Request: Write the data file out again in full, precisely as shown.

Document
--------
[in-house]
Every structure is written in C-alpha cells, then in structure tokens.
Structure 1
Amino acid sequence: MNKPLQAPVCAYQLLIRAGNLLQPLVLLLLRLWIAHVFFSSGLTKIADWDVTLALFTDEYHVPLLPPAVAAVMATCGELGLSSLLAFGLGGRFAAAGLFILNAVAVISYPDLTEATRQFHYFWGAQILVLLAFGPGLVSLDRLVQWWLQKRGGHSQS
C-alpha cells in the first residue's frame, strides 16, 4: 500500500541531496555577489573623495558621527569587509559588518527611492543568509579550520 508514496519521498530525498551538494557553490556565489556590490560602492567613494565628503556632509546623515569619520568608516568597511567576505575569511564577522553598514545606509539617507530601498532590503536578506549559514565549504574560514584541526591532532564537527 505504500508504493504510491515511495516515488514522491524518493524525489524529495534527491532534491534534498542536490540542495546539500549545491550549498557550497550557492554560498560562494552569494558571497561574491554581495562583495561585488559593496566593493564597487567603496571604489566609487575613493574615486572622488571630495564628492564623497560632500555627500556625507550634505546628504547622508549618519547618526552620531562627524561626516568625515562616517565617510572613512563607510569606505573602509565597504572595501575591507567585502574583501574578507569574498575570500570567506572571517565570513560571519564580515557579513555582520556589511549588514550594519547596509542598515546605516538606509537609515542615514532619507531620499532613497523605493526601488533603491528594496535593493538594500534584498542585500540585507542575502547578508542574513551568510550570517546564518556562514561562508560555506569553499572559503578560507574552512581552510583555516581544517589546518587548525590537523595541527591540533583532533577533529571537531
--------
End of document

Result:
[in-house]
Every structure is written in C-alpha cells, then in structure tokens.
Structure 1
Amino acid sequence: MNKPLQAPVCAYQLLIRAGNLLQPLVLLLLRLWIAHVFFSSGLTKIADWDVTLALFTDEYHVPLLPPAVAAVMATCGELGLSSLLAFGLGGRFAAAGLFILNAVAVISYPDLTEATRQFHYFWGAQILVLLAFGPGLVSLDRLVQWWLQKRGGHSQS
C-alpha cells in the first residue's frame, strides 16, 4: 500500500541531496555577489573623495558621527569587509559588518527611492543568509579550520 508514496519521498530525498551538494557553490556565489556590490560602492567613494565628503556632509546623515569619520568608516568597511567576505575569511564577522553598514545606509539617507530601498532590503536578506549559514565549504574560514584541526591532532564537527 505504500508504493504510491515511495516515488514522491524518493524525489524529495534527491532534491534534498542536490540542495546539500549545491550549498557550497550557492554560498560562494552569494558571497561574491554581495562583495561585488559593496566593493564597487567603496571604489566609487575613493574615486572622488571630495564628492564623497560632500555627500556625507550634505546628504547622508549618519547618526552620531562627524561626516568625515562616517565617510572613512563607510569606505573602509565597504572595501575591507567585502574583501574578507569574498575570500570567506572571517565570513560571519564580515557579513555582520556589511549588514550594519547596509542598515546605516538606509537609515542615514532619507531620499532613497523605493526601488533603491528594496535593493538594500534584498542585500540585507542575502547578508542574513551568510550570517546564518556562514561562508560555506569553499572559503578560507574552512581552510583555516581544517589546518587548525590537523595541527591540533583532533577533529571537531